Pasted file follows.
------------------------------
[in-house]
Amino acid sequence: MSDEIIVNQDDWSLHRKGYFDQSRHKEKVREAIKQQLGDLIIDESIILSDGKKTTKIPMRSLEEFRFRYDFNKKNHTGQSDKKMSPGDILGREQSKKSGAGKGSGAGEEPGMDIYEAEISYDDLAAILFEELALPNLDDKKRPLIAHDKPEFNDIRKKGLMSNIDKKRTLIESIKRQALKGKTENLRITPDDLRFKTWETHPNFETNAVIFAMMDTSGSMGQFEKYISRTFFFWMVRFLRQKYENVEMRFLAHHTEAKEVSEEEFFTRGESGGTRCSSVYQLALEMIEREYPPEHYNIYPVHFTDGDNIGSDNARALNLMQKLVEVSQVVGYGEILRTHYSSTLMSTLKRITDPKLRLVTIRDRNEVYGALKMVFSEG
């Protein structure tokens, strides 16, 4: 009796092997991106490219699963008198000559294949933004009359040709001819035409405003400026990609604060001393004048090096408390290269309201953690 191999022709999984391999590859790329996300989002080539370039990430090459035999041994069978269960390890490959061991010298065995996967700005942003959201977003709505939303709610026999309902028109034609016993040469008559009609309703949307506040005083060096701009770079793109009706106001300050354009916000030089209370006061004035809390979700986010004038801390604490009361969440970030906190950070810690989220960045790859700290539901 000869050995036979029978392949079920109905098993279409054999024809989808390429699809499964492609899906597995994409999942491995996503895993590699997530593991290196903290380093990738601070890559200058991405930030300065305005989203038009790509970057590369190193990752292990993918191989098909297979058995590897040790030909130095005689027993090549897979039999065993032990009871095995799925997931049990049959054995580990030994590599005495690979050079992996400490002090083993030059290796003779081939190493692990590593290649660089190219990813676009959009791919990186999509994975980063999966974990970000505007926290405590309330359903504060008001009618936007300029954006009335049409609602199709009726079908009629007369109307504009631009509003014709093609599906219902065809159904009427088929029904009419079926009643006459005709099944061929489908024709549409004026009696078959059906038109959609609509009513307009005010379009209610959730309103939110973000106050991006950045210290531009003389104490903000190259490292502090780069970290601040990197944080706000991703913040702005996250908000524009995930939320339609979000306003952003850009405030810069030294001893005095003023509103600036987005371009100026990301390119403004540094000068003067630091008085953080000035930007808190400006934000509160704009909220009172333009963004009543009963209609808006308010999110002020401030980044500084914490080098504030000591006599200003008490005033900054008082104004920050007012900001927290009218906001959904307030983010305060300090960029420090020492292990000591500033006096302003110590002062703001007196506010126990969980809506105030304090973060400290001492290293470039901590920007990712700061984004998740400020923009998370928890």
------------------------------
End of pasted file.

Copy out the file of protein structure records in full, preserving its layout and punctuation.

[in-house]
Amino acid sequence: MSDEIIVNQDDWSLHRKGYFDQSRHKEKVREAIKQQLGDLIIDESIILSDGKKTTKIPMRSLEEFRFRYDFNKKNHTGQSDKKMSPGDILGREQSKKSGAGKGSGAGEEPGMDIYEAEISYDDLAAILFEELALPNLDDKKRPLIAHDKPEFNDIRKKGLMSNIDKKRTLIESIKRQALKGKTENLRITPDDLRFKTWETHPNFETNAVIFAMMDTSGSMGQFEKYISRTFFFWMVRFLRQKYENVEMRFLAHHTEAKEVSEEEFFTRGESGGTRCSSVYQLALEMIEREYPPEHYNIYPVHFTDGDNIGSDNARALNLMQKLVEVSQVVGYGEILRTHYSSTLMSTLKRITDPKLRLVTIRDRNEVYGALKMVFSEG
């Protein structure tokens, strides 16, 4: 009796092997991106490219699963008198000559294949933004009359040709001819035409405003400026990609604060001393004048090096408390290269309201953690 191999022709999984391999590859790329996300989002080539370039990430090459035999041994069978269960390890490959061991010298065995996967700005942003959201977003709505939303709610026999309902028109034609016993040469008559009609309703949307506040005083060096701009770079793109009706106001300050354009916000030089209370006061004035809390979700986010004038801390604490009361969440970030906190950070810690989220960045790859700290539901 000869050995036979029978392949079920109905098993279409054999024809989808390429699809499964492609899906597995994409999942491995996503895993590699997530593991290196903290380093990738601070890559200058991405930030300065305005989203038009790509970057590369190193990752292990993918191989098909297979058995590897040790030909130095005689027993090549897979039999065993032990009871095995799925997931049990049959054995580990030994590599005495690979050079992996400490002090083993030059290796003779081939190493692990590593290649660089190219990813676009959009791919990186999509994975980063999966974990970000505007926290405590309330359903504060008001009618936007300029954006009335049409609602199709009726079908009629007369109307504009631009509003014709093609599906219902065809159904009427088929029904009419079926009643006459005709099944061929489908024709549409004026009696078959059906038109959609609509009513307009005010379009209610959730309103939110973000106050991006950045210290531009003389104490903000190259490292502090780069970290601040990197944080706000991703913040702005996250908000524009995930939320339609979000306003952003850009405030810069030294001893005095003023509103600036987005371009100026990301390119403004540094000068003067630091008085953080000035930007808190400006934000509160704009909220009172333009963004009543009963209609808006308010999110002020401030980044500084914490080098504030000591006599200003008490005033900054008082104004920050007012900001927290009218906001959904307030983010305060300090960029420090020492292990000591500033006096302003110590002062703001007196506010126990969980809506105030304090973060400290001492290293470039901590920007990712700061984004998740400020923009998370928890």